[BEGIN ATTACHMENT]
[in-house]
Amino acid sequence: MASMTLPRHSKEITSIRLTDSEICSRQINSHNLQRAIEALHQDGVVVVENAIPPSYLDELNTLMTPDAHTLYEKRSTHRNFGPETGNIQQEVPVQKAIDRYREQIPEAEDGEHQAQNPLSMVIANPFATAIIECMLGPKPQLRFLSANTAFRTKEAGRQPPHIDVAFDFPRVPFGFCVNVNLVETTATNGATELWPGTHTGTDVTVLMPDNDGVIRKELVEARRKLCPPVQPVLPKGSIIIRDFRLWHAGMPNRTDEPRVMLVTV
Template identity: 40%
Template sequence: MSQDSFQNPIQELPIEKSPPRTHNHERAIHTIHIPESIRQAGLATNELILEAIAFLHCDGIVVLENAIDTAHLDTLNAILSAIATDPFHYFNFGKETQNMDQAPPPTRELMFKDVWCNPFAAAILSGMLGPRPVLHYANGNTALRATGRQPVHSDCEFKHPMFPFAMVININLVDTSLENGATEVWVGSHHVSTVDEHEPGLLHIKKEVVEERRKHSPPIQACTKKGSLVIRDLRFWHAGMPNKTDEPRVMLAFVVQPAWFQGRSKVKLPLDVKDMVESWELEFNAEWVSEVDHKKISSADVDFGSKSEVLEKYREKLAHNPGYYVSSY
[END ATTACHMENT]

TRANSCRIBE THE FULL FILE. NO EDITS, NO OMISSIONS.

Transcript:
[in-house]
Amino acid sequence: MASMTLPRHSKEITSIRLTDSEICSRQINSHNLQRAIEALHQDGVVVVENAIPPSYLDELNTLMTPDAHTLYEKRSTHRNFGPETGNIQQEVPVQKAIDRYREQIPEAEDGEHQAQNPLSMVIANPFATAIIECMLGPKPQLRFLSANTAFRTKEAGRQPPHIDVAFDFPRVPFGFCVNVNLVETTATNGATELWPGTHTGTDVTVLMPDNDGVIRKELVEARRKLCPPVQPVLPKGSIIIRDFRLWHAGMPNRTDEPRVMLVTV
Template identity: 40%
Template sequence: MSQDSFQNPIQELPIEKSPPRTHNHERAIHTIHIPESIRQAGLATNELILEAIAFLHCDGIVVLENAIDTAHLDTLNAILSAIATDPFHYFNFGKETQNMDQAPPPTRELMFKDVWCNPFAAAILSGMLGPRPVLHYANGNTALRATGRQPVHSDCEFKHPMFPFAMVININLVDTSLENGATEVWVGSHHVSTVDEHEPGLLHIKKEVVEERRKHSPPIQACTKKGSLVIRDLRFWHAGMPNKTDEPRVMLAFVVQPAWFQGRSKVKLPLDVKDMVESWELEFNAEWVSEVDHKKISSADVDFGSKSEVLEKYREKLAHNPGYYVSSY